Neighbors and residents interviewed by the Monitor said they had never seen bin Laden, but were familiar with two middle-aged Pashtun brothers cited in reports as his couriers, named Ahmed and Rashid.
“They were very well liked in the area,” says Bashir, who says the “family” had been in the area for close to seven years. “They would go to peoples' houses sometimes participate in peoples' family celebrations like births and condolences, but would never call people to their own house,” he adds.
Ahmad Jan, a teenage student whose home overlooked the compound, says he recalls that every morning a bright red truck would enter the compound, and leave at night. “I would pass by the house sometimes and think they were some kind of special people.”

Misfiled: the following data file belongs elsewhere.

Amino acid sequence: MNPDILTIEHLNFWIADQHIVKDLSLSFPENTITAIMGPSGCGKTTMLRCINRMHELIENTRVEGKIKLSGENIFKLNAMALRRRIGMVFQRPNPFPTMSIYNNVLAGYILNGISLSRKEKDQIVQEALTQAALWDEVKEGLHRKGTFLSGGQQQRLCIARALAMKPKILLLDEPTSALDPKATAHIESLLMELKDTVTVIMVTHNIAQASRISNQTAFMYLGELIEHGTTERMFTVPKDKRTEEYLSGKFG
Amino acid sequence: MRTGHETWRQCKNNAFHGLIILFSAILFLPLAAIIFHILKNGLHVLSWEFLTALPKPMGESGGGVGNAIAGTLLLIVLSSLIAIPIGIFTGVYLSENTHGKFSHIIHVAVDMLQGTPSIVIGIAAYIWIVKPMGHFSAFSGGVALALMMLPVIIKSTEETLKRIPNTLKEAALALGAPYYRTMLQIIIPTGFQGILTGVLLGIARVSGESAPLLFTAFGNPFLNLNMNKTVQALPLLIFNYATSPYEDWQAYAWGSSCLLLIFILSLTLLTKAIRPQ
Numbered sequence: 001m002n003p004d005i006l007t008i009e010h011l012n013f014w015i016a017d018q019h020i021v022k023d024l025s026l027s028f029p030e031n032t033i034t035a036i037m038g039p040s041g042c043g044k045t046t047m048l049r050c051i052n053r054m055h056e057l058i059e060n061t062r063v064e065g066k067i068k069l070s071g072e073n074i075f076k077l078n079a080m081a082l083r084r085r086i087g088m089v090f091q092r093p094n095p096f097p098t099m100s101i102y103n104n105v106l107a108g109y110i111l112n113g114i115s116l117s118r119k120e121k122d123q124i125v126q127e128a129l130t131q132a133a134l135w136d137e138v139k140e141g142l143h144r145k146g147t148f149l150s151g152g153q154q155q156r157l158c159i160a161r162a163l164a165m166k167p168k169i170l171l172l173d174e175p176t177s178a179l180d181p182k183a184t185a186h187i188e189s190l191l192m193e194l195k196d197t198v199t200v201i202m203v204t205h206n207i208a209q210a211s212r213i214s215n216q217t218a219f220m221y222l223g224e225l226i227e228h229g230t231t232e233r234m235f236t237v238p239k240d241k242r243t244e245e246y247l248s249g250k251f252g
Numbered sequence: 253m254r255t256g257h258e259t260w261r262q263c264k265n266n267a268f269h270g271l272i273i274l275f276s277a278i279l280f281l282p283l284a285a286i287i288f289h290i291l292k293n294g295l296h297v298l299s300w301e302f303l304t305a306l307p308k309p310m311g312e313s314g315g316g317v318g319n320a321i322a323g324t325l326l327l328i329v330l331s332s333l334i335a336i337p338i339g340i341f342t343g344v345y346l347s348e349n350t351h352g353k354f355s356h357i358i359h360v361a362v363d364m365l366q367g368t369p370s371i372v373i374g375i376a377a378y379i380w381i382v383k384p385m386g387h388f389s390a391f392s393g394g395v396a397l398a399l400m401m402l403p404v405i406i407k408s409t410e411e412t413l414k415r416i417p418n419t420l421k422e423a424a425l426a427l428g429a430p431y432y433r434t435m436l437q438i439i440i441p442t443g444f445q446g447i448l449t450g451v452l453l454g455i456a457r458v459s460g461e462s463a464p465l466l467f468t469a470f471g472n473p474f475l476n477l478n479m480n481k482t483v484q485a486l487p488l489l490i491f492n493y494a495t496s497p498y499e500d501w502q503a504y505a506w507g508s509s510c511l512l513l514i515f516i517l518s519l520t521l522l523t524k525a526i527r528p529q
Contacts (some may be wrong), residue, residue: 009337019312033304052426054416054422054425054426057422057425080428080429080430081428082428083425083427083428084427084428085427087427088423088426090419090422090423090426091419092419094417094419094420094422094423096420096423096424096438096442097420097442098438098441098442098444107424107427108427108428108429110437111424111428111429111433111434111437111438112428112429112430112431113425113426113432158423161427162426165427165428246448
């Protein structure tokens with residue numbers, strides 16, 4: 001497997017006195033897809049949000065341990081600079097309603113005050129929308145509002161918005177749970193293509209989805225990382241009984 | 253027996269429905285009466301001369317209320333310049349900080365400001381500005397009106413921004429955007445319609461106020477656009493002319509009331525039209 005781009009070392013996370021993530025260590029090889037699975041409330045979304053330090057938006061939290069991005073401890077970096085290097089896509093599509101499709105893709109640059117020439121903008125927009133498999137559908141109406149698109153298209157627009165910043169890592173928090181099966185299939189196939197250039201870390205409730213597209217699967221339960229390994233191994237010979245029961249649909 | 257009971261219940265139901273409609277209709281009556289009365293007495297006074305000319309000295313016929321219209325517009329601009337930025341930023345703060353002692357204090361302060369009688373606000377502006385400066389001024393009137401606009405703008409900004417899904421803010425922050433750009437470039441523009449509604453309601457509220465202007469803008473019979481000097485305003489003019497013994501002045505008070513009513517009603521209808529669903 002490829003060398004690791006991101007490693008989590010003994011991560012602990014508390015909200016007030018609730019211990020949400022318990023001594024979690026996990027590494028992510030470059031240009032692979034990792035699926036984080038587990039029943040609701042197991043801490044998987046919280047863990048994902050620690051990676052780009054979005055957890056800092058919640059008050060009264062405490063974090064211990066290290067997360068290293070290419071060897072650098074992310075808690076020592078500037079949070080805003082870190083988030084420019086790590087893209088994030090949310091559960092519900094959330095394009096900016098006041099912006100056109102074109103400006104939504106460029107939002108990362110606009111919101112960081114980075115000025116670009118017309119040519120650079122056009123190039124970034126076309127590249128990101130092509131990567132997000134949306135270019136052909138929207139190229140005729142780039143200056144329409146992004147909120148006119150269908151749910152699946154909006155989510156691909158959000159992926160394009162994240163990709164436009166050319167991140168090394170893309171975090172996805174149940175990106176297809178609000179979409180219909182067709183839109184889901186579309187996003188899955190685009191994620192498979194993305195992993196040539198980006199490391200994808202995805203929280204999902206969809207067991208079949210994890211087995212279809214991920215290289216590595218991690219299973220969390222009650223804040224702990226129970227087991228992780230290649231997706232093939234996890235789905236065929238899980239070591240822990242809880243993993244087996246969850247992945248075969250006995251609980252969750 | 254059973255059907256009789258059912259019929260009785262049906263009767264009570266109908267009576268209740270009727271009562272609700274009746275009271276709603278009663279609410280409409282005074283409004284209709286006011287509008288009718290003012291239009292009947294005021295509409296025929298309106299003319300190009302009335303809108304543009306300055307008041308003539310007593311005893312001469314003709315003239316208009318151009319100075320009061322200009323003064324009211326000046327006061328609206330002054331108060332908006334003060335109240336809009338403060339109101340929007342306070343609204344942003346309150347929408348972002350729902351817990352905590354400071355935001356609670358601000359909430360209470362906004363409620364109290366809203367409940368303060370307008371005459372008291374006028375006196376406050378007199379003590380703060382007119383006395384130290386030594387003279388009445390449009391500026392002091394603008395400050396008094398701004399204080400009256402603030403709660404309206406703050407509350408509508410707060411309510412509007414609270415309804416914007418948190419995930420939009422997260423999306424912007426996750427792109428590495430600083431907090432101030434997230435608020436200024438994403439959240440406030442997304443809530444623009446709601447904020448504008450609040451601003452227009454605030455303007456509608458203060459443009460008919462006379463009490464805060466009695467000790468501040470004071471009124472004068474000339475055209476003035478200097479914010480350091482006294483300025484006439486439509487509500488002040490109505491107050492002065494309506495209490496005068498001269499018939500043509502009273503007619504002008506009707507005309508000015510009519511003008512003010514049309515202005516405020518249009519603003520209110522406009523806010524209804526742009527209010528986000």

Despite these oddities, few seemed interested in knowing more about the resident of the compound whom most assumed were wealthy Pashtun migrants, or “Khan jees” in local slang.
The high barbed-wire walls were seen as a token of the family’s religious conservatism.
“Some people guessed there may be more to it than met the eye, but no one could imagine it was [bin Laden],” adds Munawar Iqbal, a construction boss whose property overlooks the compound. “But if we knew [it was bin Laden] we would protect him as our guest. Whatever you say about him, he was a brave man. ”
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